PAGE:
Thurston Hopkins died this week aged 101. He was a photojournalist whose images captured British life and its humanity and inequalities in the 1950s. They say a picture paints a thousand words.
This got me to thinking about telling stories. A crucial skill that when effectively wielded has people hanging off your every word, increasing the chances that they will act on the information, which in the think tank world desirous of influence and impact is the holy grail.
Make no mistake though, storytelling is an art. But being an art doesn’t make it unobtainable and esoteric, instead storytelling is the reverse: crafted and considered; engaging and entrancing; a clear and compelling message to pass on to its audience.
So what is the best way of doing this?
Yesterday, a new sculpture by Gillian Wearing was unveiled in Birmingham. This followed a competition run by Ikon Gallery to find ‘a real Birmingham family’. The winners, now immortalised in bronze in pride of place by the Library of Birmingham, are two single mum sisters, Roma and Emma Jones (the latter with pregnancy bump) walking along with their two sons Kyan and Shaye.
This is a project that appears to have engaged the local Birmingham community (there were 372 nominations) who liked the idea that they might represent what it means to be a family in Birmingham, now. This sculpture then explores stories of family, meanings of identity and what it is to be typical, whilst celebrating ‘the unsung and the everyday’. There are lots of people that don't relate to the 'traditional' family unit but might relate to this. The telling of a story to challenge what we think normal is. Clever in my book.
Stories or to put it another way, paradigms, create cultural norms. Accepted ways of thinking about things. When our friends and families tell the same ‘stories’ as us we feel comforted, reassured and bolstered that our worldview is right and just. Trying to get people to see things from a different perspective then requires something different.
We are very comfortable publishing reports. Some people even read them. Some get read a lot. Some don’t. The World Bank bravely led the way in sharing exactly how many (or not) of their reports are downloaded, which the Washington Post depressingly but understandably extrapolated to mean ‘the solutions to all our problems may be buried in pdfs that no one reads’.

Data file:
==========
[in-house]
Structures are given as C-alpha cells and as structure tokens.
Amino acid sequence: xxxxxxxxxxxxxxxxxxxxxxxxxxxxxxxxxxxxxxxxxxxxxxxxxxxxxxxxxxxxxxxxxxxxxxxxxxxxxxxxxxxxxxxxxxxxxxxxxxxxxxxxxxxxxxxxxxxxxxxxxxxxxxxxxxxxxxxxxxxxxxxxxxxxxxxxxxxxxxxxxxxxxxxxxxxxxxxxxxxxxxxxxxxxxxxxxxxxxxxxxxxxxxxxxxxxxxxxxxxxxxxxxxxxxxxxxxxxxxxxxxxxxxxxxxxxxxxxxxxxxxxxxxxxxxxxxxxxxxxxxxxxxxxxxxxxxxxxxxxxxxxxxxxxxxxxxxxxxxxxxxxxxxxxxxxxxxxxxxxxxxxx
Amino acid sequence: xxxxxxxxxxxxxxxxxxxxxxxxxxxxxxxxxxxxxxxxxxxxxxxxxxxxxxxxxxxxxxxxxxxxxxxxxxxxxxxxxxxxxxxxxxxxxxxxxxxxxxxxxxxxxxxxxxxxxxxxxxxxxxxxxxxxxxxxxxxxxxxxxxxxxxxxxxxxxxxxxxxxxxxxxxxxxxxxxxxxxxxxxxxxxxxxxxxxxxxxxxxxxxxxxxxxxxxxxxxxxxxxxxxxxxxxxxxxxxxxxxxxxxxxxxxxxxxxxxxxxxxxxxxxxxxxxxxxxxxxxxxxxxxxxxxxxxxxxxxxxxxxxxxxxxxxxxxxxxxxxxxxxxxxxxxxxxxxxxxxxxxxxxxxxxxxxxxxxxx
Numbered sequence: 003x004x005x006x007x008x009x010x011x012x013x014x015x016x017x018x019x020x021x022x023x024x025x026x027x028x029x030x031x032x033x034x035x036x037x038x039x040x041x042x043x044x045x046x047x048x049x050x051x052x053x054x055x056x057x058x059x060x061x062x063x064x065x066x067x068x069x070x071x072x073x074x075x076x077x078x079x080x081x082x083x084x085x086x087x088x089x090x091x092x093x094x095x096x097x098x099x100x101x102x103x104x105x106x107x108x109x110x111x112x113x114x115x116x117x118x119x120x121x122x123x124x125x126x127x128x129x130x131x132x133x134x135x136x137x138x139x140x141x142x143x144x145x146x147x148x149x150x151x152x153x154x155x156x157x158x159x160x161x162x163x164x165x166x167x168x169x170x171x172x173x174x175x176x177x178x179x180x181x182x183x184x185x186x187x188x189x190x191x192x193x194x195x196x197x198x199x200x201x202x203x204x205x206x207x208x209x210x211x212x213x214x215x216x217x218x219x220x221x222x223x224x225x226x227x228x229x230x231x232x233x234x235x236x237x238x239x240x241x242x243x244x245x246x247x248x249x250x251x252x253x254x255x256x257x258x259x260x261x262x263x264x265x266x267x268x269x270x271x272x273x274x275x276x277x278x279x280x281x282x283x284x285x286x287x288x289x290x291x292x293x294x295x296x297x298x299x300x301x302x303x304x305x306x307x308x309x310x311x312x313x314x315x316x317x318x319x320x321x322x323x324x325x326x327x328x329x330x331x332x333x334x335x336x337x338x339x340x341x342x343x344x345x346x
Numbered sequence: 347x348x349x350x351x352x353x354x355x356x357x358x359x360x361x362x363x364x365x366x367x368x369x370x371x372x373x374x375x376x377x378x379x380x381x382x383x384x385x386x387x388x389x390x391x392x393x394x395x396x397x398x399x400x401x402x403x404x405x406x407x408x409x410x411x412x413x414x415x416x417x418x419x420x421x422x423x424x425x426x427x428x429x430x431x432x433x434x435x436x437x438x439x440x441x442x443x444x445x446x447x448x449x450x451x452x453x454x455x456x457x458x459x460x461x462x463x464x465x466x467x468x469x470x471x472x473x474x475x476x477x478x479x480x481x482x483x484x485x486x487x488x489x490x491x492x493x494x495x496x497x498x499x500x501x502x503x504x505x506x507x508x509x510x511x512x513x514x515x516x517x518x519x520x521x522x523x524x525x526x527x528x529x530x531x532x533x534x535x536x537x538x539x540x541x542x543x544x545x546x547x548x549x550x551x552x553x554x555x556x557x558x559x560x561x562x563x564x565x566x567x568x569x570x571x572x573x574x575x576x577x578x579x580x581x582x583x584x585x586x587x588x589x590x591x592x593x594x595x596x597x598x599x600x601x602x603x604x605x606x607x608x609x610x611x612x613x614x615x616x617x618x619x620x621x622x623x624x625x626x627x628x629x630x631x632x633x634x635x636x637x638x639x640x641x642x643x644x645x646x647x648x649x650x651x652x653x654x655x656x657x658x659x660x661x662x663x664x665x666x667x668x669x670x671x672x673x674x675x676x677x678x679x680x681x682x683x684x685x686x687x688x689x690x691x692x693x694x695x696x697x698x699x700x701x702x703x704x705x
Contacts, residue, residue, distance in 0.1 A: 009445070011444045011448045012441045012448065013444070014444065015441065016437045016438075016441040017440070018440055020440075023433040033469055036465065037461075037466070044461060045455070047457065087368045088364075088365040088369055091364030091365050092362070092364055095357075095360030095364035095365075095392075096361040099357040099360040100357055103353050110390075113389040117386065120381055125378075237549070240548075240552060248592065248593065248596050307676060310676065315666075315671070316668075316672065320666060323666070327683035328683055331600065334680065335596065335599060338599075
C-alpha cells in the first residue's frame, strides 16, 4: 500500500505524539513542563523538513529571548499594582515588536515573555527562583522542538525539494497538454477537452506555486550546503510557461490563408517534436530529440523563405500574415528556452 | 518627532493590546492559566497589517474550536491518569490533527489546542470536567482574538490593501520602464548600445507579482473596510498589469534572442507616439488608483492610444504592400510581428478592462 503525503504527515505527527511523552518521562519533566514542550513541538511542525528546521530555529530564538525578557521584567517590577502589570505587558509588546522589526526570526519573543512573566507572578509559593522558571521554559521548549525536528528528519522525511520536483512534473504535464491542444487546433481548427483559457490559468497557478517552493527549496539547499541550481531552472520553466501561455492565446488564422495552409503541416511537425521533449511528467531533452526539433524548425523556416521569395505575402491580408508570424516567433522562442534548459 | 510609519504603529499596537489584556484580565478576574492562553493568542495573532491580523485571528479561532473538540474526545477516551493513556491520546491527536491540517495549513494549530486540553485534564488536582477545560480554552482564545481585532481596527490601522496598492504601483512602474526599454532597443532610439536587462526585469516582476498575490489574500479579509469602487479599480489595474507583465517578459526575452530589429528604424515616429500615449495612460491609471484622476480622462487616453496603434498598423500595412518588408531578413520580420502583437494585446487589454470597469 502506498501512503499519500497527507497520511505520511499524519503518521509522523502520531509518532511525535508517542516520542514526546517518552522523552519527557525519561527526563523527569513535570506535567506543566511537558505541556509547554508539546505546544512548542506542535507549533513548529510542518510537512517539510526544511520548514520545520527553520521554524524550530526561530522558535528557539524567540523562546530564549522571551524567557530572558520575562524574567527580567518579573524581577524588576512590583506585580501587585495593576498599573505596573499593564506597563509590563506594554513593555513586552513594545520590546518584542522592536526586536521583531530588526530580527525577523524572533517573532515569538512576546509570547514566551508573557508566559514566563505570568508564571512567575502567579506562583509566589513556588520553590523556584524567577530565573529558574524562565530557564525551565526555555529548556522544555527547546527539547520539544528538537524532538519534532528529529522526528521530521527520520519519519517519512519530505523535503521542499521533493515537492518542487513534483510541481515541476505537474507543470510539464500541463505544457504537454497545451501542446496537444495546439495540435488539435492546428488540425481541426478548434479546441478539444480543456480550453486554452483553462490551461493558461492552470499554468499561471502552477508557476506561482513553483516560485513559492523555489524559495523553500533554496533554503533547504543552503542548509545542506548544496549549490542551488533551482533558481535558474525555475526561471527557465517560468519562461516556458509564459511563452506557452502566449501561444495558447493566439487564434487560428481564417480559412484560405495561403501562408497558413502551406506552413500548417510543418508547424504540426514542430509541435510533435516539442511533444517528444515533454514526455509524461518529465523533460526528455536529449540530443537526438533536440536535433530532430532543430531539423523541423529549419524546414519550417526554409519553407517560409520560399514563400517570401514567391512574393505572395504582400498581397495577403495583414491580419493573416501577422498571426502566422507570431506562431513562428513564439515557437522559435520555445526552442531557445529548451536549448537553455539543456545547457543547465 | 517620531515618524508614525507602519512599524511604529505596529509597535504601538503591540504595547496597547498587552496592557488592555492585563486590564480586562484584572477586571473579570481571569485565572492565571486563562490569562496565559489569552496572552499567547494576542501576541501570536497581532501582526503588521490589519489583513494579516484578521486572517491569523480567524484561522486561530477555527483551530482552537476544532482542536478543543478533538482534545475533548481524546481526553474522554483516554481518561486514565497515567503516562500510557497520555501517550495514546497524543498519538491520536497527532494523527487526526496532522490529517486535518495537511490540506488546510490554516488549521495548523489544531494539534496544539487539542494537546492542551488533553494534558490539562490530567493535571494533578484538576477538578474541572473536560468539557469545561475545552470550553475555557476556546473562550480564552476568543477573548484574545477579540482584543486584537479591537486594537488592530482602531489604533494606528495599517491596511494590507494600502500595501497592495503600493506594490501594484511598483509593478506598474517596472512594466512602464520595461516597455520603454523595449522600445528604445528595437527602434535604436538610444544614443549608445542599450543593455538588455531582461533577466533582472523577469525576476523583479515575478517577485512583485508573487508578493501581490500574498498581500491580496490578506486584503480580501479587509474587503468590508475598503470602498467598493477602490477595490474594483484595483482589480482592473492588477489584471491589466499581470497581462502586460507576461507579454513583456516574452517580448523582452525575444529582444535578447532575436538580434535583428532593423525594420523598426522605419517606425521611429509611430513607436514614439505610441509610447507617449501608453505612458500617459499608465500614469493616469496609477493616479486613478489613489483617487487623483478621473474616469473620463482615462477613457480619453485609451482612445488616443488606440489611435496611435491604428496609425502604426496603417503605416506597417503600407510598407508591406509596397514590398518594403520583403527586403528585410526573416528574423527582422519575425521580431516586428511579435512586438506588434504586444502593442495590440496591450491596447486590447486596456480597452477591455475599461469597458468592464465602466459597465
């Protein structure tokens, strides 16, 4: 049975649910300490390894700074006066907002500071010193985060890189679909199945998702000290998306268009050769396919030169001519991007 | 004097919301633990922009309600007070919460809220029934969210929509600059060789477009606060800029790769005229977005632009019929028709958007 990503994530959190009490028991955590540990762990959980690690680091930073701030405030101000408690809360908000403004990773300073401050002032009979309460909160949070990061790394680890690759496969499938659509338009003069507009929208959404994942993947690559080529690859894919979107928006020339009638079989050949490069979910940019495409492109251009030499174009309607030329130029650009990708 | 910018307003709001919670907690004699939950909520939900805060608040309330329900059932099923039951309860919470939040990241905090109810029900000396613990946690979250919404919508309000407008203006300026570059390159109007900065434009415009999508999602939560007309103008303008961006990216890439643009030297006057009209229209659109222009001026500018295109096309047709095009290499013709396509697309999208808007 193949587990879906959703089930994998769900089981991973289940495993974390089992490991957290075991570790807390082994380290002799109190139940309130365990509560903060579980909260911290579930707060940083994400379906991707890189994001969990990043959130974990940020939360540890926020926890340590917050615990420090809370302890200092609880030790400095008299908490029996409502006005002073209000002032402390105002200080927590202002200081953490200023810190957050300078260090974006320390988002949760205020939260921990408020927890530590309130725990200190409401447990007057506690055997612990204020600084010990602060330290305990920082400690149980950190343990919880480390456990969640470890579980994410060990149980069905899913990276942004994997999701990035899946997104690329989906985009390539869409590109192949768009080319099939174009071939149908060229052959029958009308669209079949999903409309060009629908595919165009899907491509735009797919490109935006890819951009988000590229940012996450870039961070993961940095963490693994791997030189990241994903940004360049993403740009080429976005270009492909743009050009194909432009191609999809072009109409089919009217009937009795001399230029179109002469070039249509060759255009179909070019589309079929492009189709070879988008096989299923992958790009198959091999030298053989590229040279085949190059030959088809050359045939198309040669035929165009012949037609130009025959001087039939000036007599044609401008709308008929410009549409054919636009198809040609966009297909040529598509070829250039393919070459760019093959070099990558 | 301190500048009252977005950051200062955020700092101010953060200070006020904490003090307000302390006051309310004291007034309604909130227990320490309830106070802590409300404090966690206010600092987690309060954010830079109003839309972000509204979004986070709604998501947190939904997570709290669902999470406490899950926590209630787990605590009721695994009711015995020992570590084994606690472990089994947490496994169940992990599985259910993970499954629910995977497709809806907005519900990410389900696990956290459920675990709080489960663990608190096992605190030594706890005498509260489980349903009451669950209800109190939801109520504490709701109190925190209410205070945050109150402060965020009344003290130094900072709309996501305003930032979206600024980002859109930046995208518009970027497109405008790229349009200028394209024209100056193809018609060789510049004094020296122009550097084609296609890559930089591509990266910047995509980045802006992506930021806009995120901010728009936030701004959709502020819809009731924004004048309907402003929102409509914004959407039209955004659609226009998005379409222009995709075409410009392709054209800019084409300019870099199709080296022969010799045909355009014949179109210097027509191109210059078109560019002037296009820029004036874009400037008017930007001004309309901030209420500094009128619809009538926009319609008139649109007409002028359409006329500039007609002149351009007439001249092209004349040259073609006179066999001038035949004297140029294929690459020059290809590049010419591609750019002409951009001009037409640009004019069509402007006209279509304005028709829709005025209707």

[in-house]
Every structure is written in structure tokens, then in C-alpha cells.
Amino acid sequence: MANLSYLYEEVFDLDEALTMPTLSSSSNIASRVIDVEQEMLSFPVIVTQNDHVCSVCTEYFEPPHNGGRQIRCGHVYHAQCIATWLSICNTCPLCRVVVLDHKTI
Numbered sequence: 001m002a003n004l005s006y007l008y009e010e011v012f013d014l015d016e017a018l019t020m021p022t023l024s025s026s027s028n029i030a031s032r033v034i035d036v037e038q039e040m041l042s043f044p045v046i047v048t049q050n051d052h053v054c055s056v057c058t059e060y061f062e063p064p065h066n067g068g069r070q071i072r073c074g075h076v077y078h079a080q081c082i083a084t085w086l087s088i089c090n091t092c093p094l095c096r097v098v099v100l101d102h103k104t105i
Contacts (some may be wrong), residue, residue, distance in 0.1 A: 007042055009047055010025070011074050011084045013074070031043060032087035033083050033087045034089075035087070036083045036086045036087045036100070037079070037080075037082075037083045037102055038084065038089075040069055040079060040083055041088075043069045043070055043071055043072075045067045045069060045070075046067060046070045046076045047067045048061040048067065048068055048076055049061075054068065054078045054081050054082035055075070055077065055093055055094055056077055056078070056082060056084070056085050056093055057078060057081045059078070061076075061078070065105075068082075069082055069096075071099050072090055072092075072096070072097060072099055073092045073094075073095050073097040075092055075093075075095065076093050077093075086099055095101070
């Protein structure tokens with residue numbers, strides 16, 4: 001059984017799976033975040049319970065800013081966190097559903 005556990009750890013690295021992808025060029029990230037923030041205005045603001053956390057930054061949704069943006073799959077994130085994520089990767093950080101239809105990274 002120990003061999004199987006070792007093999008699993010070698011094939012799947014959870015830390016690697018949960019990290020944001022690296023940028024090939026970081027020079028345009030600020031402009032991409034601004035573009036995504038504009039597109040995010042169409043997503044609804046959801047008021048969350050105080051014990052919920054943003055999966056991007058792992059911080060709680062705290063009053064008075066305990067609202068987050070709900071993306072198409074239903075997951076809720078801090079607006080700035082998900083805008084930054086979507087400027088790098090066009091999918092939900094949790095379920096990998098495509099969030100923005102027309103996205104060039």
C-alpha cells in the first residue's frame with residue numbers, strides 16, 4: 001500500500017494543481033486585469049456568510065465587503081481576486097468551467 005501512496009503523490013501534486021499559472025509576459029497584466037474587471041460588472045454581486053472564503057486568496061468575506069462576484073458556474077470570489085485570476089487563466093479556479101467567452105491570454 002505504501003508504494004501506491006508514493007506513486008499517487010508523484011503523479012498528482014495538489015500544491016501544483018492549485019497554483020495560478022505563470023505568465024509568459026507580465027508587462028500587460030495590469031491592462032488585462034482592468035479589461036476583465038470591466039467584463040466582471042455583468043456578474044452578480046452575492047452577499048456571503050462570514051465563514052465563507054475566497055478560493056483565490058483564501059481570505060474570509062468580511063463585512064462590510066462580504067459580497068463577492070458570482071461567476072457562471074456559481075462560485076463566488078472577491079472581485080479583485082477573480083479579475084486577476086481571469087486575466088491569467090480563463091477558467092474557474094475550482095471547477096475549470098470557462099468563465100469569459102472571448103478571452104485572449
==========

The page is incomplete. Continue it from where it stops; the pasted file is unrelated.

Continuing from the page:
So as we continue exploring what impact the RSA should have in the world, what change we want to be a part of creating, what are the ways we should be telling these stories?
IPPR have just published a graphic novel, six pictorial stories of life and change in communities in Britain and the Open Society Foundations has also done similar telling the story of Somali communities around the world. Artists Grennan and Sperandio also did similar in Peterborough with the Street Pastors as part of our Citizen Power Peterborough programme (see why it’s important to keep telling that story – changing perceptions of place is a slow burner).
The RSA also has captured peoples’ imagination with RSA Animates, a series of animations designed to bring to life stories of world changing ideas. Sir Ken Robinson’s ‘Changing Education Paradigms’ is on over 12 million views. Astonishing. So more of that then please.
Is blogging the way to go? My colleague Andres Fossas recently had some viral success with his blog ‘The Age of Awareness’ (I recommend reading it, it’s good) with 10,000 reads in around three days and 1,000 likes on Facebook. So, it can be done.
We’ve just launched a new website for RSA Academies (do pop by) and the whole way through our thought process has been about the storytelling - what we are trying to tell and who we are trying to tell it to. One example of this is telling stories of success which are beyond the scope of Ofsted. Personal stories of achievement or success that inspire others or are just ‘blooming well done’ because actually all the odds are stacked against gaining that apprenticeship, overcoming that disability or getting that ‘C’. You can read the Pupil Stories on each of the schools pages, but here’s three examples from Ipsley CE RSA Academy.
There’s also a new film telling the story of the relationship that schools have with the RSA and what it means to be an RSA Academy. Film making is a wonderful, intricate process and we’d like to do more, but it can be expensive. And not everyone watches videos of course, the Obama campaign proved that one.
So as we are working this out perhaps we should take a lesson from Kate Tempest, who is currently taking the music, spoken word, literary world by storm and refuses (quite rightly) to be put in a box, but instead is experimenting with her creative forces and seeing what happens.